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The Minimum Room Rate riddle: a house divided

Is it lawful for hotels to ‘join together their independent decision-making power’ to raise prices? Due to one’s inability to convince others, is it proper to use the government to get those who might not agree otherwise, to simply ‘make it law’? Does a minimum room rate reduce competition whilst increasing prices?


Sri Lankan authorities introduced a Minimum Room Rate (MRR) regulation for Colombo city hotels in October 2023. In the wake of certain city hotels (4-star class and below), appealing to the Government to continue with the decree which was to cease by 31st March 2024, it appears likely to continue.


Then, there now is a proposal to apply the MRR to the entire country, resulting in the debate as to whether the MRR is a blessing or blight - rising sharply!


According to the Vice President of Sri Lanka Association of Inbound tour Operators (SLAITO), implementing the MRR countrywide would drastically reduce the Russian Market and have a huge impact for beach hotels and dry up Russian charters as well. Aeroflot and Rossiya airlines though, have decided to continue summer operations in Sri Lanka.


Joining in the chorus of protests was the President of the Sri Lanka Association of Professional Conference, Exhibition and Event Organiser (SLAPCEEO), who claimed that all the 5-star hotels including the Shangri-La in Colombo, Taj Samudra, the Cinnamon Hotels, and the Colombo Hilton are opposing this and only a few run down hotels are for it.


He went on to add “Over 2,000 new rooms from 4 to 5 –star hotels  including the ITC Colombo, Cinnamon Life, InterContinental and more would be added to Colombo city’s hotel inventory, and it will be a tall order for them to find guests due to the increased price created by MRR.”


Countering these arguments are city hotels such as Renuka, Jetwing Colombo Seven, Ramada by Wyndham, The Steuart, Radisson Hotel, Fairway hotel and Colombo City Hotel as well as the Kingsbury who all are in favour of the MRR and appeal that it be extended - on the basis that it had been a lifeline for the smaller hotels which market around 3000 rooms, employing 6,000, in the city.


Other reasons cited include the MRR been a catalyst for revenue growth, that it safeguarded the stability of individual properties, brought in more foreign exchange to the country, generated higher service charge for staff, and that the MRR allowed all hotels, irrespective of capacity or classification, to compete on an even playing field.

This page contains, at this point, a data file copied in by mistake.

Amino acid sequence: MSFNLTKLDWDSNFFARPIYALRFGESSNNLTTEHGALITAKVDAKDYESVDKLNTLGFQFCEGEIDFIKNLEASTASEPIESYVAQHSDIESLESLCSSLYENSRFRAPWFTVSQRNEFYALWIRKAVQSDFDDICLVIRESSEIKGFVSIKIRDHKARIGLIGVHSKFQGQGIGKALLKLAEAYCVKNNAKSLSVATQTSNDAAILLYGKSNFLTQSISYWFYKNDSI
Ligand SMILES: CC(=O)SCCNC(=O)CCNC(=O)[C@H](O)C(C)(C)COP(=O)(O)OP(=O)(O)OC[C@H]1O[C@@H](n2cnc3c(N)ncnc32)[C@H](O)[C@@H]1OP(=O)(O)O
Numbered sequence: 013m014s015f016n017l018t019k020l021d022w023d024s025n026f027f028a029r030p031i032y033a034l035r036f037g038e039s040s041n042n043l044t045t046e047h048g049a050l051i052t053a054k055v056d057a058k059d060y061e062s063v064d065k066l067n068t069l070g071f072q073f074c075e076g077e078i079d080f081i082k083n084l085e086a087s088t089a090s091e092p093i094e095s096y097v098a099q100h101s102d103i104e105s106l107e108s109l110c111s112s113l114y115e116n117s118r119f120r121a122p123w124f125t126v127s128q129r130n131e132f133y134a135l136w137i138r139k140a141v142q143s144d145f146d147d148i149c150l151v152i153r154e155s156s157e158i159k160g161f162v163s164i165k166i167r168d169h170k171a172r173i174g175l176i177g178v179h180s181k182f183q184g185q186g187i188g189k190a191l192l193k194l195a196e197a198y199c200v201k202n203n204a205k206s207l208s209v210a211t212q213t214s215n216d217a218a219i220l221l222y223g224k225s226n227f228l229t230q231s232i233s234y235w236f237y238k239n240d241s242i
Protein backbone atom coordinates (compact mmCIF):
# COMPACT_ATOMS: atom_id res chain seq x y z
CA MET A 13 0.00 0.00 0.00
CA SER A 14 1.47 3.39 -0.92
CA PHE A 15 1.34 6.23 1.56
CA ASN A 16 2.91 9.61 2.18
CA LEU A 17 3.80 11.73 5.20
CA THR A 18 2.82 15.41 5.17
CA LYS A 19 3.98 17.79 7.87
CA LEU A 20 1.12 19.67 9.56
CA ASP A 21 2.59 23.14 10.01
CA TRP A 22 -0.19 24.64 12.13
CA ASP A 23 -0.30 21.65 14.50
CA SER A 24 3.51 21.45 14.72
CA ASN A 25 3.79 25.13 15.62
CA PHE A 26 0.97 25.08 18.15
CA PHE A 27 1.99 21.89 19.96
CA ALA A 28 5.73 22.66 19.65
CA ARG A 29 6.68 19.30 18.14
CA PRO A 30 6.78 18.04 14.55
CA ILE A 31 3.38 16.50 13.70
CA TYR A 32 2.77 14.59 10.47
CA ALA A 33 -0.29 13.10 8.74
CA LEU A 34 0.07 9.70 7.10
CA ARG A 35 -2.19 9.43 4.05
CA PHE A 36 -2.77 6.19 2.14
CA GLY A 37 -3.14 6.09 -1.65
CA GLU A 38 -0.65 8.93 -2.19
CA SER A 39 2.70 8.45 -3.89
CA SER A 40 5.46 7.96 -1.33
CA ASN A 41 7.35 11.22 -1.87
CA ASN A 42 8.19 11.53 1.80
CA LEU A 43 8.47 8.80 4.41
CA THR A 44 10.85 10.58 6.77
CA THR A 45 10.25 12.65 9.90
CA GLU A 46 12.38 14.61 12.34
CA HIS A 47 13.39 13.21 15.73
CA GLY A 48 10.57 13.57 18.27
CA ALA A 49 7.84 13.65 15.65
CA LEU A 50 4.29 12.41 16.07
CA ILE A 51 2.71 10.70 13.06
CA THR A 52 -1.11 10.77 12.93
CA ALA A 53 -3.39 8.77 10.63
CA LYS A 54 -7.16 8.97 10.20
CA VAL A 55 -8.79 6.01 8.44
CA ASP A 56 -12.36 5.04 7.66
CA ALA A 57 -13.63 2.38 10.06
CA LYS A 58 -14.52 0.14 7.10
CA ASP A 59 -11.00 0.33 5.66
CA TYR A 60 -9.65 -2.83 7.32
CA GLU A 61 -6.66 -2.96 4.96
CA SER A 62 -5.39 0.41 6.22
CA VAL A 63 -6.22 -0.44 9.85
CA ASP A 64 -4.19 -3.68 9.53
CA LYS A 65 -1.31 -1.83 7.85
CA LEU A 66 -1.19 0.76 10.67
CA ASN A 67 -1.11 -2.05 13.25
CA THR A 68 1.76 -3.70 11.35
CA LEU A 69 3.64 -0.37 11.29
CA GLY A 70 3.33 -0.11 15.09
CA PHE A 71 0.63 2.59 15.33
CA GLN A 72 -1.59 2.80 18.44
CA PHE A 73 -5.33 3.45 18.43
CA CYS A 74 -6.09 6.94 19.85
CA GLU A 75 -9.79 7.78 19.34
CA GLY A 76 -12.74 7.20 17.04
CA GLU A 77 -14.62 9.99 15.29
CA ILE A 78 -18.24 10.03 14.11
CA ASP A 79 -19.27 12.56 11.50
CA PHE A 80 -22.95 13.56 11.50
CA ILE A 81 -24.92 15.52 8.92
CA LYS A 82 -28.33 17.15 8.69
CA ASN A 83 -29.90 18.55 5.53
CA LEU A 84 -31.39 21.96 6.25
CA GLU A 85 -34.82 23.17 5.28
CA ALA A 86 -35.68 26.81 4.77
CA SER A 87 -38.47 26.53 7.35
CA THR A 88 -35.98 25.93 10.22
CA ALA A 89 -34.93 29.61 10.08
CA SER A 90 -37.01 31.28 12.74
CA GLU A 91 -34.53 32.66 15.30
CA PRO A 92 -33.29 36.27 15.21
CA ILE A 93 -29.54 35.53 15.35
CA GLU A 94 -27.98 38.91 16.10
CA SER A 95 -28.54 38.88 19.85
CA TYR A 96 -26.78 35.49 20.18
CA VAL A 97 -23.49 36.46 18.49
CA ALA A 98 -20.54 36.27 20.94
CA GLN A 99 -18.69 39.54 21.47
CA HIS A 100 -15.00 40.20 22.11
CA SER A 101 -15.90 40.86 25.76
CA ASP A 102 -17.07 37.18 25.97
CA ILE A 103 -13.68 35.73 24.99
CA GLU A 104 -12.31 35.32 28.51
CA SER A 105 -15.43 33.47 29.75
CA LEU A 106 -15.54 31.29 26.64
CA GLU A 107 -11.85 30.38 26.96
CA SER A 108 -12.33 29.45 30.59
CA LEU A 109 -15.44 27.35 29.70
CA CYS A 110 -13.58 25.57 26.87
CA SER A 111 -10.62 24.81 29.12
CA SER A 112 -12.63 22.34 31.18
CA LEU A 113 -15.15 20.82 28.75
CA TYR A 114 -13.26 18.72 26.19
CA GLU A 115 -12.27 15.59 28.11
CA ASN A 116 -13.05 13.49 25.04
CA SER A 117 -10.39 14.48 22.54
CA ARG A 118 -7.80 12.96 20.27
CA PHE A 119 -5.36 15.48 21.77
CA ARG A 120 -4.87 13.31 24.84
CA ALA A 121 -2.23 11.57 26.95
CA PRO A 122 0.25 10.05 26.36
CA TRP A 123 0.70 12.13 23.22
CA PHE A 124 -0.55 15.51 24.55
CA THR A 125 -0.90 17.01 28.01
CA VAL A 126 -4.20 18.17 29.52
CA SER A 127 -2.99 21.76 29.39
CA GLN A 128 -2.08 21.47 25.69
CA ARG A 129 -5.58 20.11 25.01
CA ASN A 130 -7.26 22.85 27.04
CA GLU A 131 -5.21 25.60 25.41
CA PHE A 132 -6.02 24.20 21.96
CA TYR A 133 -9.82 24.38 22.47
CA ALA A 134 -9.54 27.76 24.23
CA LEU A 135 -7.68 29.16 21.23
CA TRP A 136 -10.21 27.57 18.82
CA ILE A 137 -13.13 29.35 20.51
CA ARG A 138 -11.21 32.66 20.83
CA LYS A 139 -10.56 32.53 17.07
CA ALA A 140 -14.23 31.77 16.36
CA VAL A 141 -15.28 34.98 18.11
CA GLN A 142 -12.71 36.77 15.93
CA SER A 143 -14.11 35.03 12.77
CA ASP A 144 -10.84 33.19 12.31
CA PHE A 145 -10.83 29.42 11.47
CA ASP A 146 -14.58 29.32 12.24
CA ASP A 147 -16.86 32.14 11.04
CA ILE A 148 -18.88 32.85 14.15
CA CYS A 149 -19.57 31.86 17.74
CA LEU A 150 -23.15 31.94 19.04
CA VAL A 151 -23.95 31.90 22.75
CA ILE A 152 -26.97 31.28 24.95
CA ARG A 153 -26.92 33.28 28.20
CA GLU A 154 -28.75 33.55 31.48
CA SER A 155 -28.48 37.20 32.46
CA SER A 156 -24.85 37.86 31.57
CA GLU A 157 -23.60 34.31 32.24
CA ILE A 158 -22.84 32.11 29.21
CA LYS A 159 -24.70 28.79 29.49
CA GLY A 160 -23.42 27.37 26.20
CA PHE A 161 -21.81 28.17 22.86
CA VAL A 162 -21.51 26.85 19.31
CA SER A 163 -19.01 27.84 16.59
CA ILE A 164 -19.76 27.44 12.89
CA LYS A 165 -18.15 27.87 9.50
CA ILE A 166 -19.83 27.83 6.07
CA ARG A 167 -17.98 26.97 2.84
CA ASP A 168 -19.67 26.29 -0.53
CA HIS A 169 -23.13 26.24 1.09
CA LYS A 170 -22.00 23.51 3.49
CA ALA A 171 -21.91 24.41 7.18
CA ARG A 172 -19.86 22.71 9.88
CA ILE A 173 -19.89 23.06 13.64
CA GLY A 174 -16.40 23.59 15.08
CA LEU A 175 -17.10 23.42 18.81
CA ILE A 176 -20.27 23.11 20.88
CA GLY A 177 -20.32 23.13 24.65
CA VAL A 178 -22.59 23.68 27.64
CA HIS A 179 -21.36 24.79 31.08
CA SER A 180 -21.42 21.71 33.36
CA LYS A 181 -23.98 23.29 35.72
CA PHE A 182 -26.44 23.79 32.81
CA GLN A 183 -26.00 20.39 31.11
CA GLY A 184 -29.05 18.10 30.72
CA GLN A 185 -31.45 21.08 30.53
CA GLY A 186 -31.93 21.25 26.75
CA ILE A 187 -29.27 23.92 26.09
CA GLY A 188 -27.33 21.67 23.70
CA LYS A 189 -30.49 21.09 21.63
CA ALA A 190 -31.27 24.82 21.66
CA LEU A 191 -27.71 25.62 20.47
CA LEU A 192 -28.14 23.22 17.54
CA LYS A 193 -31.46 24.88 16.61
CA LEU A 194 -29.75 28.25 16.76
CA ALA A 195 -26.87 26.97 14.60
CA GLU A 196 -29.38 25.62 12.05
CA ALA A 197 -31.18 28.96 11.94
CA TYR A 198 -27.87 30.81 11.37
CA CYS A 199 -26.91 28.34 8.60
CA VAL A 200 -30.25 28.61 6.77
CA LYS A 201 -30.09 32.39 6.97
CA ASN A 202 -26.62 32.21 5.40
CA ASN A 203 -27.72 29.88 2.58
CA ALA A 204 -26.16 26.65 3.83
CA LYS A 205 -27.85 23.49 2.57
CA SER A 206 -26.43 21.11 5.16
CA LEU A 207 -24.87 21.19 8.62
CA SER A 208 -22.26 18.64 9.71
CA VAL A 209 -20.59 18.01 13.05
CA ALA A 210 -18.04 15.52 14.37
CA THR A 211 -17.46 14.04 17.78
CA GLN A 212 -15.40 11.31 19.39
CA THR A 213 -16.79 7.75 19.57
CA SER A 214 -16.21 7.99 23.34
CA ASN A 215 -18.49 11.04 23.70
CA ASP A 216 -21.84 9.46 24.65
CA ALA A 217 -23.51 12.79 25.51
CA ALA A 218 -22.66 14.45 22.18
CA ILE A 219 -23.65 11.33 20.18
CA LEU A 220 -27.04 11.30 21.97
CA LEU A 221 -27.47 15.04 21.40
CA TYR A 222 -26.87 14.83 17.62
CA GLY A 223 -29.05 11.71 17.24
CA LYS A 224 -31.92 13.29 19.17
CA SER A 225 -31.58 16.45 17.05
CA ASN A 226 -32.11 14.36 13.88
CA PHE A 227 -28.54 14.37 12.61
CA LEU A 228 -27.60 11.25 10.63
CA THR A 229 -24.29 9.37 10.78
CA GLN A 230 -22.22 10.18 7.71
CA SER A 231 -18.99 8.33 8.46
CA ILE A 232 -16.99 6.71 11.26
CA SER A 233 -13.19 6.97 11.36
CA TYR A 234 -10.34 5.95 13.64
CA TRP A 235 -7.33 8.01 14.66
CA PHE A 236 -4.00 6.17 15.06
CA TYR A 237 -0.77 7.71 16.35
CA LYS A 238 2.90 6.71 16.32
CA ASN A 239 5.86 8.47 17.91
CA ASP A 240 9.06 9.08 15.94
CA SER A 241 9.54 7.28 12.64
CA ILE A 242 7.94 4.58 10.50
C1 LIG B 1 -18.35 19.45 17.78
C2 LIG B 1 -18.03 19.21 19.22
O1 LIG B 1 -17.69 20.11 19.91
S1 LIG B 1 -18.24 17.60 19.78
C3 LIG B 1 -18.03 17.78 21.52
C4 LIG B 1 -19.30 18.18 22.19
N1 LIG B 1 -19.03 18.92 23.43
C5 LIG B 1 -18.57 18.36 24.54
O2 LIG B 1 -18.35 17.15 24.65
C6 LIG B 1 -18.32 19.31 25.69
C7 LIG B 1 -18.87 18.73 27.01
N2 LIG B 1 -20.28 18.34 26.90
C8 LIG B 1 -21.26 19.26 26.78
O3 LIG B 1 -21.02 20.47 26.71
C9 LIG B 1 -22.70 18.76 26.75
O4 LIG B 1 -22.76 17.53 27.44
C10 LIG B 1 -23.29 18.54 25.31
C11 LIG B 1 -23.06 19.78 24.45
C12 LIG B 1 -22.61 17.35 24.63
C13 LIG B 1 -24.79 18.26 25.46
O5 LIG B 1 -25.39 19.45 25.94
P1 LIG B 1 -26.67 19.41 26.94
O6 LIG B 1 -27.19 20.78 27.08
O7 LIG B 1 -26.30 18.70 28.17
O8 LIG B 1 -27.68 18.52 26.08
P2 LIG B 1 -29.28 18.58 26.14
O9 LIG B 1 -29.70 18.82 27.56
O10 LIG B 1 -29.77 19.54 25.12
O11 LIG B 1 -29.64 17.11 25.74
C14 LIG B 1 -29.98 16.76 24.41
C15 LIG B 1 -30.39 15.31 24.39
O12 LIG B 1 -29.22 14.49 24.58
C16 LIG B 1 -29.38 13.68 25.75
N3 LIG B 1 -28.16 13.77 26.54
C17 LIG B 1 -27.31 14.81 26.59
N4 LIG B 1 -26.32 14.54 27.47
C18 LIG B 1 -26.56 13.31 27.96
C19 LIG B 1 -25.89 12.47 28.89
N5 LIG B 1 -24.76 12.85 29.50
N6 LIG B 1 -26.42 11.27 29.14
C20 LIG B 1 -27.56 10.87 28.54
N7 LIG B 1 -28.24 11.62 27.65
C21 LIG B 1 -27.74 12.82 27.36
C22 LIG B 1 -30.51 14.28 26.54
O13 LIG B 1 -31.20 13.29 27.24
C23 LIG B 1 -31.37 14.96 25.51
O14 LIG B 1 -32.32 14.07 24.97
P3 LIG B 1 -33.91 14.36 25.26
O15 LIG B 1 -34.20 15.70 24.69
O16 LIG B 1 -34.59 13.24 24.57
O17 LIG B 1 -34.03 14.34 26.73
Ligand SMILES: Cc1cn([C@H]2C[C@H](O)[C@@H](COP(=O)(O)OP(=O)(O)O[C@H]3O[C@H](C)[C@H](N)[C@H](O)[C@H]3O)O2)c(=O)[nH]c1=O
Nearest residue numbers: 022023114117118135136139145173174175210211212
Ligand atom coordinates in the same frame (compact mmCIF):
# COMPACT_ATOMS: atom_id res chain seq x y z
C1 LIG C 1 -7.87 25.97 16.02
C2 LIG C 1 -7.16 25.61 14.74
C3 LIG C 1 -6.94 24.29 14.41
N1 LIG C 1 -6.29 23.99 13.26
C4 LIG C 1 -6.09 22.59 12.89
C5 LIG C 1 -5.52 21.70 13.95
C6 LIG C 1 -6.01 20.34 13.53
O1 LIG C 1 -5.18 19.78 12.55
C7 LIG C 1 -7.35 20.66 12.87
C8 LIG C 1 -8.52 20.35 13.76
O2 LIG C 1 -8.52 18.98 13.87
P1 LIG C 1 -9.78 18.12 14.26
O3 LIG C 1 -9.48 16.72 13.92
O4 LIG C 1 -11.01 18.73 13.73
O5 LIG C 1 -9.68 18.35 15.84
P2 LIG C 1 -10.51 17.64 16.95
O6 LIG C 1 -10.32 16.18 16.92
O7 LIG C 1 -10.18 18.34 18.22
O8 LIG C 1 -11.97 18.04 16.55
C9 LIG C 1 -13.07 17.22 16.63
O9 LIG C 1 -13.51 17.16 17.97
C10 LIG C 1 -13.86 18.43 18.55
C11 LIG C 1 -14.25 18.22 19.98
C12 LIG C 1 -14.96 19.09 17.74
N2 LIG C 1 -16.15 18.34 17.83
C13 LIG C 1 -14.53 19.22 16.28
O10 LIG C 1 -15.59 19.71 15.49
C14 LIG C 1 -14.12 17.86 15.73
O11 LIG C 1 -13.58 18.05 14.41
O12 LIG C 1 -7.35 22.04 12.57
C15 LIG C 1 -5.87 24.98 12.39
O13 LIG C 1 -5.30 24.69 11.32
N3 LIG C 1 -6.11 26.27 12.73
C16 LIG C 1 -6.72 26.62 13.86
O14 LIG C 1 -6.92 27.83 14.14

Essentially, these hotels want a level playing field where fixing prices by law provides them market share - amidst least effort. Insofar as the consumer is concerned, supply and demand with the best possible choices of price and quality is bereft of any consideration.


In defense of the hotels that wish for the continuation of the MRR, the Chairman of a family owned hotel chain had this to say.”“You try to market a hotel and see, it’s not easy. People don’t have the confidence, and when there is fear, you don’t necessarily go out and sell at a higher price. That’s why it’s necessary for someone to come and push it up. Finally, hotels are making money; do you want to stop that? ”


Sales and making money is at the heart of every commercial enterprise and that been the revenue-generating engine of a business is a ‘no contest’. No one I’m certain wants hotels to not make any money-but in this manner?


There is truth in sales people having fear and a lack of confidence. Confidence isn’t a fixed trait, and that’s especially true when it comes to salespeople. Shifting market trends, changing buying habits, new products, unfamiliar technologies and new competitors can all shake a person’s confidence, no matter how much experience they have. With so much change going on right now, one cannot assume anyone is immune from a crisis of confidence.


However, if you want to your team to remain confident and successful, help them see what’s possible for them to achieve and then support them in developing the self-belief to make it a reality. That can only come from the right training approach. Learning must be accompanied by structured follow-up, bite-sized application over time, accountability, repetition, reinforcement and ongoing coaching. How many hotels care do that?


Only the best invest in this type of training. Others might see investment in such training as a needless expense – especially with a MRR in effect.


Shafeek Wahab – Editor, Hospitality Sri Lanka, Consultant, Customer Service Trainer and Ex-Hotelier


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